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Archive for June 19th, 2012

Onibaba (1964)

During Japan’s cival wars, two peasant women (a middle aged woman and her daughter in law) make their living by ambushing and murdering war-weary samurai soldiers who are trying to hide in the long reed grass. They strip the soldiers of armour and weaponry before selling them for sacks of millet. The bodies are dumped down a very large hole. One night a male neighbour of the two women returns from the war but minus his companion (the middle aged woman’s son and wife of the younger one). He insists that the son was killed by vengeful farmers but he escaped. He helps the two woman in killing 2 samurai soldiers one day and doesn’t hide the fact that he has his eye on the widowed daughter. She is more than happy to have the attention and is soon sneaking out after night when the old woman is asleep to the man’s hut to have sex with him. The mother soon catches wind of this situation and isn’t very pleased that the daughter in law has forgotten about her dead husband so quickly. She decides to try and break the relationship up by telling the younger woman that the man is like a dog in heat. She even asks the man if he’ll take her instead but he refuses. Her tale of eternal pain for those in hell if a person sins isn’t enough to make the younger woman stop her nightly trysts. Luck comes her way one evening when she comes across a samurai soldier who is wearing a demon mask. She kills him and rips the mask off the samurai’s face as she is going to use it to scare her daughter in law away from the man. The next night whilst the younger woman runs off for her nightly sex session, she is confronted in the reed grass by a terrifying vision of a female demon in a long flowing white dress. She runs back home scared stiff. The same thing happens the next night but on the 3rd night whilst it is raining something unexpected happens…….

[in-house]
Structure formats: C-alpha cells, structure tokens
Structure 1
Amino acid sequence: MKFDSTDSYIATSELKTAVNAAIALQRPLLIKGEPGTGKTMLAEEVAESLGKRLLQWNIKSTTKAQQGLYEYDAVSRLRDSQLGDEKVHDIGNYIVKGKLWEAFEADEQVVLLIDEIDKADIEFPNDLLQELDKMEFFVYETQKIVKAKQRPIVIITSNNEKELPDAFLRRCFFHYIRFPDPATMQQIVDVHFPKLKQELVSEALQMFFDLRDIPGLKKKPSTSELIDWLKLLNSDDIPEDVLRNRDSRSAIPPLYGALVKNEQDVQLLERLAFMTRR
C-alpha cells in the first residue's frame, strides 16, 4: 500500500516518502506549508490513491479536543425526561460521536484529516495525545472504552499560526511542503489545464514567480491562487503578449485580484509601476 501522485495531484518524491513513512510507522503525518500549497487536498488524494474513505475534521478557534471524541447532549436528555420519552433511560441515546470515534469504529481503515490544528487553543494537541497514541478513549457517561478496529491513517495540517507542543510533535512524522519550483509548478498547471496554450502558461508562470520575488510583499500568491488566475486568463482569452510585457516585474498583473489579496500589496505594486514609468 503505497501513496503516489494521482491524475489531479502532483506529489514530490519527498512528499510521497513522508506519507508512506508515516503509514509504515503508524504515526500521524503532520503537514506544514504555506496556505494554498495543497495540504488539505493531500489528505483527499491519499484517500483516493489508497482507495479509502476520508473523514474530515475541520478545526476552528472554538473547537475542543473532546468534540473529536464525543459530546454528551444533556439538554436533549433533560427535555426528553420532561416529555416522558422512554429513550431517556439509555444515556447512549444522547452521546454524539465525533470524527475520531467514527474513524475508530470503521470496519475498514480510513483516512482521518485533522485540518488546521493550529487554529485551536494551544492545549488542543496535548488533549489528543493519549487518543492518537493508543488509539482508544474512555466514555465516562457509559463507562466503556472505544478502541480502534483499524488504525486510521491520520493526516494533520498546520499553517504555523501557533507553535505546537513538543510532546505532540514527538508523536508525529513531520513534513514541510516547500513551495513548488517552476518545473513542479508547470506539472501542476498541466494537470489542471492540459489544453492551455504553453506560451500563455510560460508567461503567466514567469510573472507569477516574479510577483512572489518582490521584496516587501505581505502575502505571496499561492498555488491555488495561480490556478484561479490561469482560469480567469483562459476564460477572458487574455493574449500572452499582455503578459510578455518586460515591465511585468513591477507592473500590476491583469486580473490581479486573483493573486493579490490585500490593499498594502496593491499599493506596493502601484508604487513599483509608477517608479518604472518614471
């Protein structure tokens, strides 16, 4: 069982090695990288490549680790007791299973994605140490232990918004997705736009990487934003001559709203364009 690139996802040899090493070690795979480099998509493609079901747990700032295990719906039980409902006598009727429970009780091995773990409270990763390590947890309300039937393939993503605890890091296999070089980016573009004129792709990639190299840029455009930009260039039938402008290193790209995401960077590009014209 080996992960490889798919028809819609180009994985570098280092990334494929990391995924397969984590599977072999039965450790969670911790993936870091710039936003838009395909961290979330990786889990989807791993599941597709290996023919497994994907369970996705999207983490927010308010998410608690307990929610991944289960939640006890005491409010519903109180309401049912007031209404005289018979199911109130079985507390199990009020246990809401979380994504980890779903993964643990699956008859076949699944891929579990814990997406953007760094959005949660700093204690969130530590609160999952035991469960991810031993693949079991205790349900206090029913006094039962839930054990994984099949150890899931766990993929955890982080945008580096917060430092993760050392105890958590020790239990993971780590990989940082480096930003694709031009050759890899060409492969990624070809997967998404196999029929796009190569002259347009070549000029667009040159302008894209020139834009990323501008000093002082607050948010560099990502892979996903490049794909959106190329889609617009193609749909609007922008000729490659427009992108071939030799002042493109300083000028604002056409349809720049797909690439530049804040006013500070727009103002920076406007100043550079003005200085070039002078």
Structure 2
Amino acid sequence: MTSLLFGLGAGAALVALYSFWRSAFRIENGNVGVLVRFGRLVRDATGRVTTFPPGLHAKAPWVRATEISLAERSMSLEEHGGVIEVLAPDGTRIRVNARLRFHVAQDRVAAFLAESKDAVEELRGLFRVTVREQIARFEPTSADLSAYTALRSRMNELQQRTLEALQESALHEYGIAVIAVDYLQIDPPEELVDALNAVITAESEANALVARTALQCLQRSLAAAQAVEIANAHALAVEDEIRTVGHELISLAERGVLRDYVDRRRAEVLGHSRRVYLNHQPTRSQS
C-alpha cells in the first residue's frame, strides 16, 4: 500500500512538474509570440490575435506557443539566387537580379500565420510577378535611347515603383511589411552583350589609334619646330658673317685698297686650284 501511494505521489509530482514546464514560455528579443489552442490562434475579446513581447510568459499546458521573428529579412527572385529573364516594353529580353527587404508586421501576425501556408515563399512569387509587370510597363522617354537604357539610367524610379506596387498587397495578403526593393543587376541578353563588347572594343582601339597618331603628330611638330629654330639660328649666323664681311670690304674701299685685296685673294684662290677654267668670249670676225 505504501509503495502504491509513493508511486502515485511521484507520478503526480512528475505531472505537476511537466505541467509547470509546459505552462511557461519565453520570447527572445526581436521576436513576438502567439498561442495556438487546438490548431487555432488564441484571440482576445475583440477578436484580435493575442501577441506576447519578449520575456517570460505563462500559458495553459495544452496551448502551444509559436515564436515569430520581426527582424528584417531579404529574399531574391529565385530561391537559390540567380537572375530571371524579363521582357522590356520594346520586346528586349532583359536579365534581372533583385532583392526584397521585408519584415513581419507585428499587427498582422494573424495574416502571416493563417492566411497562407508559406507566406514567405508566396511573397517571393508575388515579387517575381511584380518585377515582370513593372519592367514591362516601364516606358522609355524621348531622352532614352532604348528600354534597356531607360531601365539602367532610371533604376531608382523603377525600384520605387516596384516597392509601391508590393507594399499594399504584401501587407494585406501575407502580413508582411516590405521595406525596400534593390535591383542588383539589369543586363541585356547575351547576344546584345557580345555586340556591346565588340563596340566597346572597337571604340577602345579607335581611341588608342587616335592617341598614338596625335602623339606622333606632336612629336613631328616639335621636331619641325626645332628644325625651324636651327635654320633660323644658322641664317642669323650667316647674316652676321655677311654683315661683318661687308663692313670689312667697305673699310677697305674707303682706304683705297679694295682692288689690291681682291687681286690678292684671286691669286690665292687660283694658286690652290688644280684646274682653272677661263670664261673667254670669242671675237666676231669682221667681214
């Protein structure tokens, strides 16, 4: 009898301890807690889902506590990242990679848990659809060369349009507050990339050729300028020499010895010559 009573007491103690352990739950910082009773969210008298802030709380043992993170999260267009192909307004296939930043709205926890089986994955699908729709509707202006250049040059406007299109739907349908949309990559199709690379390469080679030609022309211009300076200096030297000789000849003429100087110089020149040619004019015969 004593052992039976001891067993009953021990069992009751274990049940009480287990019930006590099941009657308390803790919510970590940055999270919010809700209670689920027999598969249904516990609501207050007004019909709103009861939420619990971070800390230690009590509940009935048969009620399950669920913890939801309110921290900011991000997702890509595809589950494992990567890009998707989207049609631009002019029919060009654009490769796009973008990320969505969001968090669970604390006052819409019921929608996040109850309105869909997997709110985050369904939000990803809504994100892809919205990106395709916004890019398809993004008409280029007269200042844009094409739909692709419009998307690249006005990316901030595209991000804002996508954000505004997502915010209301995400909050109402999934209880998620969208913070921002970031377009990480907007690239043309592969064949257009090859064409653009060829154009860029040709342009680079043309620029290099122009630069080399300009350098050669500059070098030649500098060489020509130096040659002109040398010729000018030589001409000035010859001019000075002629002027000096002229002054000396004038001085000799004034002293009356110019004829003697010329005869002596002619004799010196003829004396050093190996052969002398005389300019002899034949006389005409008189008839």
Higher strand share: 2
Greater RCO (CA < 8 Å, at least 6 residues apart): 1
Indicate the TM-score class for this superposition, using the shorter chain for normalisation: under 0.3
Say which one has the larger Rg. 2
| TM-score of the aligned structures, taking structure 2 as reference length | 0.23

Onibaba is a supernatural movie based on a Buddhist fable, it isn’t like some people say a genuine horror flick at all. It’s a movie that aims at portraying the darker and animalistic side of human nature. From start to finish it draws you in with fantastic imagery and scenery of Japan’s rural areas and even though there are very few characters in the movie, through it’s minimalism it effectively tells it’s story. It taps into our primal and sexual nature. The story is told with rising tension set in a sea of swaying long grass reeds and loud wind. None of the characters are that sympathetic but you still find yourself wanting to know what happens to them in the movie. The black and white photography is superb along with the ominous beat of drums that adds to the mood of the movie. The wind howling through the reed beds and the isolated position of the women’s hut also make it very atmospheric. The reeds take on a menacing character and with the pit full of dead samurai soldiers, the director has managed to create a movie that is unique and extremely eerie. The movie is frightening not because of any scares you see but for the fact that it serves as a warning for what human beings are capable of. The performances are excellent from the three main characters. This movie is a very haunting, erotic, mesmerising and simply brilliant masterpiece.

If you’re a fan of Japanese cinema, Onibaba should be on your list of movie to see. It has the power to hold the viewer completely in it’s spell. Highly recommended.

Sadako’s Rating: 4.5 stars out of 5

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